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Overprotecting Your Hearing

Use of hearing protection devices (HPDs) is an important tool in reducing exposure to noise. The NRR rating on these HPDs is an indicator of how much noise (measured in decibels) the employee’s exposure will be reduced.

Over protection is a factor that is often overlooked and can result in serious injury. If, while using HPDs the employee is unable to effectively communicate, hear critical warning signals, or is not able to ascertain whether equipment is operating properly; he/she may be wearing too much protection. Often, it is apparent that an employee is being over protected when you observe them removing HPDs in order to communicate or evaluate the proper operation of machinery.

For those employees that have experienced permanent hearing loss, the issue of over protection is even more critical. They may already have trouble hearing warning signals and this has the potential to become even more difficult when using HPDs. Nevertheless, those with diminished hearing need to be protected to preserve the hearing that they still have.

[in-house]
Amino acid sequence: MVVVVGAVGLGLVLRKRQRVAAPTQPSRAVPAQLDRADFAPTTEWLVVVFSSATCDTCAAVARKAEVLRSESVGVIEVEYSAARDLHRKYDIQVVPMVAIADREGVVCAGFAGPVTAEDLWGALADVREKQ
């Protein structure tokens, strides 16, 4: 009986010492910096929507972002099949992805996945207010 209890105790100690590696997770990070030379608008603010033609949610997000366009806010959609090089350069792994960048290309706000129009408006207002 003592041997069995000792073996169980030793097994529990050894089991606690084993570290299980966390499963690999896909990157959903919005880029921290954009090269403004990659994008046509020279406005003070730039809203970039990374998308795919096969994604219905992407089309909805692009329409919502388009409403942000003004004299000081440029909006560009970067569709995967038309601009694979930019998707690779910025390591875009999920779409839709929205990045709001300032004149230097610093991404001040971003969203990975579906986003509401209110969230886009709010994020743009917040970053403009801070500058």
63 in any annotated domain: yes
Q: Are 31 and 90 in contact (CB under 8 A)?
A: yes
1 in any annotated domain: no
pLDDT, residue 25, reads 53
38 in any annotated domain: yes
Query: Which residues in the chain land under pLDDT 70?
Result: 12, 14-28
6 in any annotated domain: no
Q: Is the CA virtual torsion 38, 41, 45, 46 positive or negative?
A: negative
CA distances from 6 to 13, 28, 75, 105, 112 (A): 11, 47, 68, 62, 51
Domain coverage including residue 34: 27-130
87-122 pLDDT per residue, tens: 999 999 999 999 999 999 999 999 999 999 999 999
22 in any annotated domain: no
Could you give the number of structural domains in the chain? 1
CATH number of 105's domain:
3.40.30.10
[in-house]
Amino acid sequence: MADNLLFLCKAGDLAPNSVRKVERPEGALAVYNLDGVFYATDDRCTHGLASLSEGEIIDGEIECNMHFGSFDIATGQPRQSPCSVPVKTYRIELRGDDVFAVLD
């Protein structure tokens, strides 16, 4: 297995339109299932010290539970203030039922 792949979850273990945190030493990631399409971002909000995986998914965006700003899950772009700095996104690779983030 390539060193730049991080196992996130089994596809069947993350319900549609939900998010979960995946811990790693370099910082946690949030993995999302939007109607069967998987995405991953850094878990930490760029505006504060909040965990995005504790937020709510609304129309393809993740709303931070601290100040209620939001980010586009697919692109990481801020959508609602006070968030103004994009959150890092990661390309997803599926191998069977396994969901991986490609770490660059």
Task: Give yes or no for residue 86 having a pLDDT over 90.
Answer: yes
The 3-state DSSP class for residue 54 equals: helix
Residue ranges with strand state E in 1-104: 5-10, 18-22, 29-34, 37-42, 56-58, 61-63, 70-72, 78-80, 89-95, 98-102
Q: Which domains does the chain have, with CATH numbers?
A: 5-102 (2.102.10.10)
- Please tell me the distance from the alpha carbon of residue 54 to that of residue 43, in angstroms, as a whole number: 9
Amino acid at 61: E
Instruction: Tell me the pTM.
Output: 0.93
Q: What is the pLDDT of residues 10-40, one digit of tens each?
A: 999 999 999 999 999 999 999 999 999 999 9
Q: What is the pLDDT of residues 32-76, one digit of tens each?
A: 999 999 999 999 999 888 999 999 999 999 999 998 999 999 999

The final choice of the appropriate hearing protection device will depend on many factors: the noise level of the work environment, the frequency spectrum of the noise, the individual’s hearing, the need for communication, and the need to hear warning signals. Hands-on training including the use of HPDs, as well as demonstrating how the employee can identify over protection, is critical.

Additionally, there are some helpful hints that the employee can be taught when they have been provided the right level of protection, yet still tend to remove the HPDs to perform certain tasks. Instead of removing the HPD they should try reducing the distance between speaker and listener, using hand and or facial cues, speaking more forcefully and clearly, and encouraging employees to provide verbal and physical feedback to ensure that they understand what has been communicated to them. The final choices should be made with the help of a health and safety professional, audiologist, or qualified program administrator.

Read the full article by Moldex here

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